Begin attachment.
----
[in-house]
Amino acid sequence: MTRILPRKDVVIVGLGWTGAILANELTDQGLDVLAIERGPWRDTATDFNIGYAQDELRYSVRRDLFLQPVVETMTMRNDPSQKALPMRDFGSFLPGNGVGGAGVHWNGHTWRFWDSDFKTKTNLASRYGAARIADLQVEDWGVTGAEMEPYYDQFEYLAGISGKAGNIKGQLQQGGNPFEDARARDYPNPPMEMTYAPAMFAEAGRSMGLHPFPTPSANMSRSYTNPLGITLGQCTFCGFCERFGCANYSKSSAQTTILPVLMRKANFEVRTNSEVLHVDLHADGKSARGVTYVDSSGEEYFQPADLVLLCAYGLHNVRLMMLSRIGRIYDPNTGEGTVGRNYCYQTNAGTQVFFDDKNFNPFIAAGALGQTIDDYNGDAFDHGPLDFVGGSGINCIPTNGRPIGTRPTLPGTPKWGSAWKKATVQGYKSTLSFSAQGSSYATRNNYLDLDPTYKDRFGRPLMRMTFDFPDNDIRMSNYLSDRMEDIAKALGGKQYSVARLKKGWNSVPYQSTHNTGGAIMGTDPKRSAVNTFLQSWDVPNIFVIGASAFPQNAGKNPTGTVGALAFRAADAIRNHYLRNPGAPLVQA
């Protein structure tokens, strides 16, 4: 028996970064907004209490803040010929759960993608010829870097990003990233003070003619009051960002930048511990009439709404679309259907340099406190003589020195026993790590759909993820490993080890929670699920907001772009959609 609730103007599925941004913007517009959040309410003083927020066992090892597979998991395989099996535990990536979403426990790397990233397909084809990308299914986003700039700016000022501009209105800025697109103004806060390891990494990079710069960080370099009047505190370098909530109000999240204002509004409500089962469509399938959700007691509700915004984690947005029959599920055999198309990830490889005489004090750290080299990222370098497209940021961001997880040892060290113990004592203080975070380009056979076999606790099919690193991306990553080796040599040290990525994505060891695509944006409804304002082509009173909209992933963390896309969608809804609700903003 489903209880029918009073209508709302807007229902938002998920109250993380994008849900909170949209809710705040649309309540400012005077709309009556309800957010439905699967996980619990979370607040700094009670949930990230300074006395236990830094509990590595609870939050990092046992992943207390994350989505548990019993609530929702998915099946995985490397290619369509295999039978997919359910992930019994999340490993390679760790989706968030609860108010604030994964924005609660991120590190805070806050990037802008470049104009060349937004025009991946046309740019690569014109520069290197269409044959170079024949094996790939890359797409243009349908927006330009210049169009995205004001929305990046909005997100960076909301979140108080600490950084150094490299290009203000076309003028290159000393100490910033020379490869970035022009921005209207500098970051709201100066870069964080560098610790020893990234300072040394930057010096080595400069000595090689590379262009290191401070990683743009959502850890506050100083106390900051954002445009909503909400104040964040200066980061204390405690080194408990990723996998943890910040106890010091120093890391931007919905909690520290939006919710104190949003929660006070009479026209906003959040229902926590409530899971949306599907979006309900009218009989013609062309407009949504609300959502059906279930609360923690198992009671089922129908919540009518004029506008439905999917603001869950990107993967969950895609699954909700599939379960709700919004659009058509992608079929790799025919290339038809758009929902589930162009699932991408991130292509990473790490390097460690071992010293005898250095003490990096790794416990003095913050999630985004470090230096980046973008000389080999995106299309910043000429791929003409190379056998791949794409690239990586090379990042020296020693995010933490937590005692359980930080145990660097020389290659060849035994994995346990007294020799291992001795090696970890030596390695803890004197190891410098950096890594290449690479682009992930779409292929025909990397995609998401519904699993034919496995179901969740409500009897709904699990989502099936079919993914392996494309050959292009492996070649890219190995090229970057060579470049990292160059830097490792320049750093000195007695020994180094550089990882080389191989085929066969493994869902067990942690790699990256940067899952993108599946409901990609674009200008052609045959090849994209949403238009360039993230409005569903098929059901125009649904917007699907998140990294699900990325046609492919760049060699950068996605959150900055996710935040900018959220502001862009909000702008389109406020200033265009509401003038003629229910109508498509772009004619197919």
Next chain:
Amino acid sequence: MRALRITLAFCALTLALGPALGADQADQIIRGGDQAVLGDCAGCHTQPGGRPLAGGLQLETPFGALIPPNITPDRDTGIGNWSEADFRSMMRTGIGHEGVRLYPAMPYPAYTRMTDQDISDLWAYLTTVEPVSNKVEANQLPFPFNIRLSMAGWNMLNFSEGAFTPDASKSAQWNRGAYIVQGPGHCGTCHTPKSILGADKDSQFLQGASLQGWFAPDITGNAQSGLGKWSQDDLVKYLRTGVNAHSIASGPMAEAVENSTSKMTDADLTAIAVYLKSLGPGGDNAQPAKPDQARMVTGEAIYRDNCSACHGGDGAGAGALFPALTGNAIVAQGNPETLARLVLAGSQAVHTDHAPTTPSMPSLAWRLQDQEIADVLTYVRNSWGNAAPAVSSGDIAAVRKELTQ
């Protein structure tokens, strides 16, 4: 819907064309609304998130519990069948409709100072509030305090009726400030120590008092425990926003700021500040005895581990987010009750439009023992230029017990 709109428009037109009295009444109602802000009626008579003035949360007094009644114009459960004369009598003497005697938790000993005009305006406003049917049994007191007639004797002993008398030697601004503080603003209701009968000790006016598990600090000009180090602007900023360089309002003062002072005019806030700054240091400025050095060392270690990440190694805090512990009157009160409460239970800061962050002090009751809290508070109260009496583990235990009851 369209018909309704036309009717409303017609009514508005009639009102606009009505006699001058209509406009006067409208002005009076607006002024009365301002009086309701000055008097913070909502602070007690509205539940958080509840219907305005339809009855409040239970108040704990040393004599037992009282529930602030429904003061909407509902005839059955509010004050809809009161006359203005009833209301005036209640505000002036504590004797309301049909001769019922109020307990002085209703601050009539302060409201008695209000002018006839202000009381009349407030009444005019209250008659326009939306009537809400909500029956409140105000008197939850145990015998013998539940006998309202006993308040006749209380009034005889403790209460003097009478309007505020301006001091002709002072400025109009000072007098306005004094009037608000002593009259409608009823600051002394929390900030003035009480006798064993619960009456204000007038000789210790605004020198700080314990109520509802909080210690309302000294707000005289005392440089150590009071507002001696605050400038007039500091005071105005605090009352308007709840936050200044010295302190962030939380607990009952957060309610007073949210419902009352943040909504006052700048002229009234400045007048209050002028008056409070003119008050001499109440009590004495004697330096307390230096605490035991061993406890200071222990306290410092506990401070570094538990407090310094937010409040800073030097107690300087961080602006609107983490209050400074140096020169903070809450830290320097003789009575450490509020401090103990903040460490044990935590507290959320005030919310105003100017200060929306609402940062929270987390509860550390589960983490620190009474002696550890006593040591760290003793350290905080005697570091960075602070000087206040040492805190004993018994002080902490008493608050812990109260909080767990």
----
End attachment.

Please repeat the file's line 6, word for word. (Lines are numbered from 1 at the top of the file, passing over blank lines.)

């Protein structure tokens, strides 16, 4: 819907064309609304998130519990069948409709100072509030305090009726400030120590008092425990926003700021500040005895581990987010009750439009023992230029017990 709109428009037109009295009444109602802000009626008579003035949360007094009644114009459960004369009598003497005697938790000993005009305006406003049917049994007191007639004797002993008398030697601004503080603003209701009968000790006016598990600090000009180090602007900023360089309002003062002072005019806030700054240091400025050095060392270690990440190694805090512990009157009160409460239970800061962050002090009751809290508070109260009496583990235990009851 369209018909309704036309009717409303017609009514508005009639009102606009009505006699001058209509406009006067409208002005009076607006002024009365301002009086309701000055008097913070909502602070007690509205539940958080509840219907305005339809009855409040239970108040704990040393004599037992009282529930602030429904003061909407509902005839059955509010004050809809009161006359203005009833209301005036209640505000002036504590004797309301049909001769019922109020307990002085209703601050009539302060409201008695209000002018006839202000009381009349407030009444005019209250008659326009939306009537809400909500029956409140105000008197939850145990015998013998539940006998309202006993308040006749209380009034005889403790209460003097009478309007505020301006001091002709002072400025109009000072007098306005004094009037608000002593009259409608009823600051002394929390900030003035009480006798064993619960009456204000007038000789210790605004020198700080314990109520509802909080210690309302000294707000005289005392440089150590009071507002001696605050400038007039500091005071105005605090009352308007709840936050200044010295302190962030939380607990009952957060309610007073949210419902009352943040909504006052700048002229009234400045007048209050002028008056409070003119008050001499109440009590004495004697330096307390230096605490035991061993406890200071222990306290410092506990401070570094538990407090310094937010409040800073030097107690300087961080602006609107983490209050400074140096020169903070809450830290320097003789009575450490509020401090103990903040460490044990935590507290959320005030919310105003100017200060929306609402940062929270987390509860550390589960983490620190009474002696550890006593040591760290003793350290905080005697570091960075602070000087206040040492805190004993018994002080902490008493608050812990109260909080767990």